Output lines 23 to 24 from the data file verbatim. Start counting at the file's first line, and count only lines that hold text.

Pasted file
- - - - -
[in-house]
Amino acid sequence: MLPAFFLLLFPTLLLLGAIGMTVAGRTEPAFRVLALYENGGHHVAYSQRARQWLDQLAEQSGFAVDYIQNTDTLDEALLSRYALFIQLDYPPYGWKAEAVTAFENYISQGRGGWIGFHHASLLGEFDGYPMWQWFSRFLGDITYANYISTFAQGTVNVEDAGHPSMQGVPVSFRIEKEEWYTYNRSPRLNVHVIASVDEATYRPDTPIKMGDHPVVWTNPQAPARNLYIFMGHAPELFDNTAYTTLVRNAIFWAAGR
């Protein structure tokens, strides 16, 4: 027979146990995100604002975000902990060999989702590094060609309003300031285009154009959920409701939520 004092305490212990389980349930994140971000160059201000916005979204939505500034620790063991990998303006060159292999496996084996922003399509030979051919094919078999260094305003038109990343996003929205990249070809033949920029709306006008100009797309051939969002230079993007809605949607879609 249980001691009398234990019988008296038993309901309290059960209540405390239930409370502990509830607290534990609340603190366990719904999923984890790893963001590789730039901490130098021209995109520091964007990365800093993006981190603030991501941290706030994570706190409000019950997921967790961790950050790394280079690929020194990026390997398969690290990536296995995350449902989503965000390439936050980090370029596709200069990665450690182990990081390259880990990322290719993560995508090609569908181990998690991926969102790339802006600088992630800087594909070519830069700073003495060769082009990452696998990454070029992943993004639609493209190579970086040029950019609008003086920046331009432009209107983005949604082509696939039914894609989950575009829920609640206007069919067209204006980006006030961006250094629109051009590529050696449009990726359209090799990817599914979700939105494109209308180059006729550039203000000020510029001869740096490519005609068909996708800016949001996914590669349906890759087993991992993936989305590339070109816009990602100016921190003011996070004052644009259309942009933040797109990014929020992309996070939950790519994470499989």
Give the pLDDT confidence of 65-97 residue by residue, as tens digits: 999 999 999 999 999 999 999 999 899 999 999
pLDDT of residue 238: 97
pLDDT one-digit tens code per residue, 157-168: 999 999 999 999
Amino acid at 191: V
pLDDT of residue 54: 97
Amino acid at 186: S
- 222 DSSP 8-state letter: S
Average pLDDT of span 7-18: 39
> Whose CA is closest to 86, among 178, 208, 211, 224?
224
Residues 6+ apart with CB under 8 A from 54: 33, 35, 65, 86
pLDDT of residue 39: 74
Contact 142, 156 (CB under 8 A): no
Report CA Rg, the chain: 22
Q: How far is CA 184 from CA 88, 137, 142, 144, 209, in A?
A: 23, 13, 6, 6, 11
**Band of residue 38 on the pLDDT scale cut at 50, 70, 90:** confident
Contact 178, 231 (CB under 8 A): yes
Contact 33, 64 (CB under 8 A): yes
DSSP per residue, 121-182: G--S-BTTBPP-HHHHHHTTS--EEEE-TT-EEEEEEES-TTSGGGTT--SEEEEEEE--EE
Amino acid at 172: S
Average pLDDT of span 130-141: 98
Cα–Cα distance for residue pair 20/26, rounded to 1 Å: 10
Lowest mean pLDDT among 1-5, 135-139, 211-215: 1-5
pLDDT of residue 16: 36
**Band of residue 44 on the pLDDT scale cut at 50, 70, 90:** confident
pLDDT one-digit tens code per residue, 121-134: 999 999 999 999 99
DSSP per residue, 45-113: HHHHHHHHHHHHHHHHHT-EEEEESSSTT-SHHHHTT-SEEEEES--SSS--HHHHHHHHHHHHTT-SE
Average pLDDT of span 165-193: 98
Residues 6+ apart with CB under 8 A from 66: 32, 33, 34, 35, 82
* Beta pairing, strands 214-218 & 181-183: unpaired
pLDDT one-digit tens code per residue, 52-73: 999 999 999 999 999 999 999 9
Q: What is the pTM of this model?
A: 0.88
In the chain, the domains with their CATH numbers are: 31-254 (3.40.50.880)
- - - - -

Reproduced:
DSSP per residue, 121-182: G--S-BTTBPP-HHHHHHTTS--EEEE-TT-EEEEEEES-TTSGGGTT--SEEEEEEE--EE
Amino acid at 172: S